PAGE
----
b) Created (Hebrew bara) means “made,” “formed,” but the author of Genesis did not mean to say that God had “formed” the world from some pre-eternal matter. There is nothing co-eternal to God: this is how people would understand Genesis 1:1 in the Old Testament times, and this what the author of 2 Maccabees meant by saying: “ I beg you, my child, to look at the heaven and the earth and see everything that is in them, and recognize that God did not make them out of things that existed.”
c) God (Hebrew Elohim). “God” is the common Semitic word El (which means “strong,” powerful”). Elohim is a plural of a variant of that word El. It is not a remnant of polytheism, however: the plural number conveys the fullness of existence. The entire narrative of the Six Days of creation is targeted against polytheism.
d) The Deep (Hebrew tehom). The word tehom (the deep or the abyss) is a cognate with the name of the Mesopotamian goddess of the ocean Tiamat depicted in the form of a sea serpent or a dragon, personifying primordial chaos.
e) And God said … and God saw … and God called. Such anthropomorphisms (the attribution of human characteristics to God) in the Six Days narrative are no accident. Their purpose is to proclaim God who is not a de-personalized force but, rather, a personalized Being.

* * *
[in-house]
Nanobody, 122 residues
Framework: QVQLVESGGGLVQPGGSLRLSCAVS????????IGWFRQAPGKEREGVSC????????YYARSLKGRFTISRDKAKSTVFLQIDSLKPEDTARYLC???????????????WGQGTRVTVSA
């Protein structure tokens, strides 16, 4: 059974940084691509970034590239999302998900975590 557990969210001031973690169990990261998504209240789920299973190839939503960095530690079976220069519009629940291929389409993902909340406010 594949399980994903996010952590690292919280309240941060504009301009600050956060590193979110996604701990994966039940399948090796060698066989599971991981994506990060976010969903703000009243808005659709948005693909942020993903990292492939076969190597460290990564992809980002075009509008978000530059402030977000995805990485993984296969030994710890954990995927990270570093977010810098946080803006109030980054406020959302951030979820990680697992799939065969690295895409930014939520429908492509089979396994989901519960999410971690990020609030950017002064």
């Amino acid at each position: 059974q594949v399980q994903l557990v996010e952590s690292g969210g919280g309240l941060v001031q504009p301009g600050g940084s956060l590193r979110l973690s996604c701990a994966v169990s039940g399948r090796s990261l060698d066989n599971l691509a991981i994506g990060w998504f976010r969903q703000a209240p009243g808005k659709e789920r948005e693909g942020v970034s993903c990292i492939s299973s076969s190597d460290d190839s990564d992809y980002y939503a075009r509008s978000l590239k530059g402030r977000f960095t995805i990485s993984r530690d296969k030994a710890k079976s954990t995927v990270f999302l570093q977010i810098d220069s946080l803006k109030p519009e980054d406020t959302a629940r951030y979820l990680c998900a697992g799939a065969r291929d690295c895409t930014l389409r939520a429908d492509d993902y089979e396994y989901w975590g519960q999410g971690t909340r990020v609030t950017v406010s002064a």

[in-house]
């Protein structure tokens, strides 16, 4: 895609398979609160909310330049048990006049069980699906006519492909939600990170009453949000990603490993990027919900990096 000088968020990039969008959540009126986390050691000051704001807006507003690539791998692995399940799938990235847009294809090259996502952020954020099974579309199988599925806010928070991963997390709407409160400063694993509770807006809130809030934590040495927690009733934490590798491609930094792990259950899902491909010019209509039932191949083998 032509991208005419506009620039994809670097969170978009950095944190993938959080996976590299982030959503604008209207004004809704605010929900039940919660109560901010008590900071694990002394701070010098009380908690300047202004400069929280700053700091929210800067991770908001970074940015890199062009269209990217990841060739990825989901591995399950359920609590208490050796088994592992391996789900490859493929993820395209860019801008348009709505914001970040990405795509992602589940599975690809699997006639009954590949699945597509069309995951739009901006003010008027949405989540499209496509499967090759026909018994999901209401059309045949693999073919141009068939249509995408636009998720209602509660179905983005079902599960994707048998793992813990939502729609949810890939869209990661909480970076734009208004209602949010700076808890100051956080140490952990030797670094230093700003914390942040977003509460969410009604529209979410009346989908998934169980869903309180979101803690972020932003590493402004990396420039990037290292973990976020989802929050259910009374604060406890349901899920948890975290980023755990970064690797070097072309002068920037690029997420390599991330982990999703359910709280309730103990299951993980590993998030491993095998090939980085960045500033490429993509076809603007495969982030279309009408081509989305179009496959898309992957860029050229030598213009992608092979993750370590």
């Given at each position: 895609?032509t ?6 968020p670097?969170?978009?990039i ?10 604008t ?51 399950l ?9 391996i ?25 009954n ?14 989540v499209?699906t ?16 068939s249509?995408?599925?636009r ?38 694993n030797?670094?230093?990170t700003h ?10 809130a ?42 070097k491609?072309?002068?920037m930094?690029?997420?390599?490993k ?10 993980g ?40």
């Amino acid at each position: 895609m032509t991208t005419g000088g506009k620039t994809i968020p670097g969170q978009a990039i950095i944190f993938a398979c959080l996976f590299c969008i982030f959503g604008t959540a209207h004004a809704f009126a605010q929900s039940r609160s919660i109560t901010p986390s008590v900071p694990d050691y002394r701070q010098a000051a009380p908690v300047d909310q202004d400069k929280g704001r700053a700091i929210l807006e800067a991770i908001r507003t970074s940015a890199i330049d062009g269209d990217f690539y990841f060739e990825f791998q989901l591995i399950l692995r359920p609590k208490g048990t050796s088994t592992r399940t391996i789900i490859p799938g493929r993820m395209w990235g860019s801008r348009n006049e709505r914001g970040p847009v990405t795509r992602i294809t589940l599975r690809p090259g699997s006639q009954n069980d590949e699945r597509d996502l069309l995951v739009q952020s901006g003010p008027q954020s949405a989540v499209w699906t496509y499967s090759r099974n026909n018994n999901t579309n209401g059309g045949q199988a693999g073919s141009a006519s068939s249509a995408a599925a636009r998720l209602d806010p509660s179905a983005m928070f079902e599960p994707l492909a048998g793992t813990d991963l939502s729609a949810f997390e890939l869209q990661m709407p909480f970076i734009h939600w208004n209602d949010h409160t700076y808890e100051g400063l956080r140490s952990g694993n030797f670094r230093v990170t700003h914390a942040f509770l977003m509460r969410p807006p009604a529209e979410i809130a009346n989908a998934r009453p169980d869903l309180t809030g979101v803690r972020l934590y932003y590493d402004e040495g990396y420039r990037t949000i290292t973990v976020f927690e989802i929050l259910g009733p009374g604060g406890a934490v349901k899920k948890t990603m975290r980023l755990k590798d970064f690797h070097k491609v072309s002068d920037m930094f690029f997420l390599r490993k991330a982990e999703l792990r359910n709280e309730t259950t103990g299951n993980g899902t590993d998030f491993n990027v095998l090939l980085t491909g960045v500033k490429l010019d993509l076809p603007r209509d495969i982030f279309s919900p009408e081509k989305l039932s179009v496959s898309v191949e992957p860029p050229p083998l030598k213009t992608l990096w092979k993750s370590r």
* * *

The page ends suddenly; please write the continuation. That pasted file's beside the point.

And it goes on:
f) Composition of the creation narrative. The six days of creation are divided into two triads:
1) Light – 4) luminaries
2) Waters — 5) the living creatures in the waters
3) Dry land — 6) living creatures on dry land
The emergence of plants on dry land, as it were, connects the two triads with each other. On the whole, both triads speak about the three most important phases of creation: the formation of cosmos (the universe); the creation of the conditions necessary for life and of life itself, and the fashioning of the higher creatures and the human being. At that, the first triad speaks mainly about the formation and separation of the elements, whereas the second one talks about the filling of the “created space” with luminaries and living creatures. All of these are the creations of God.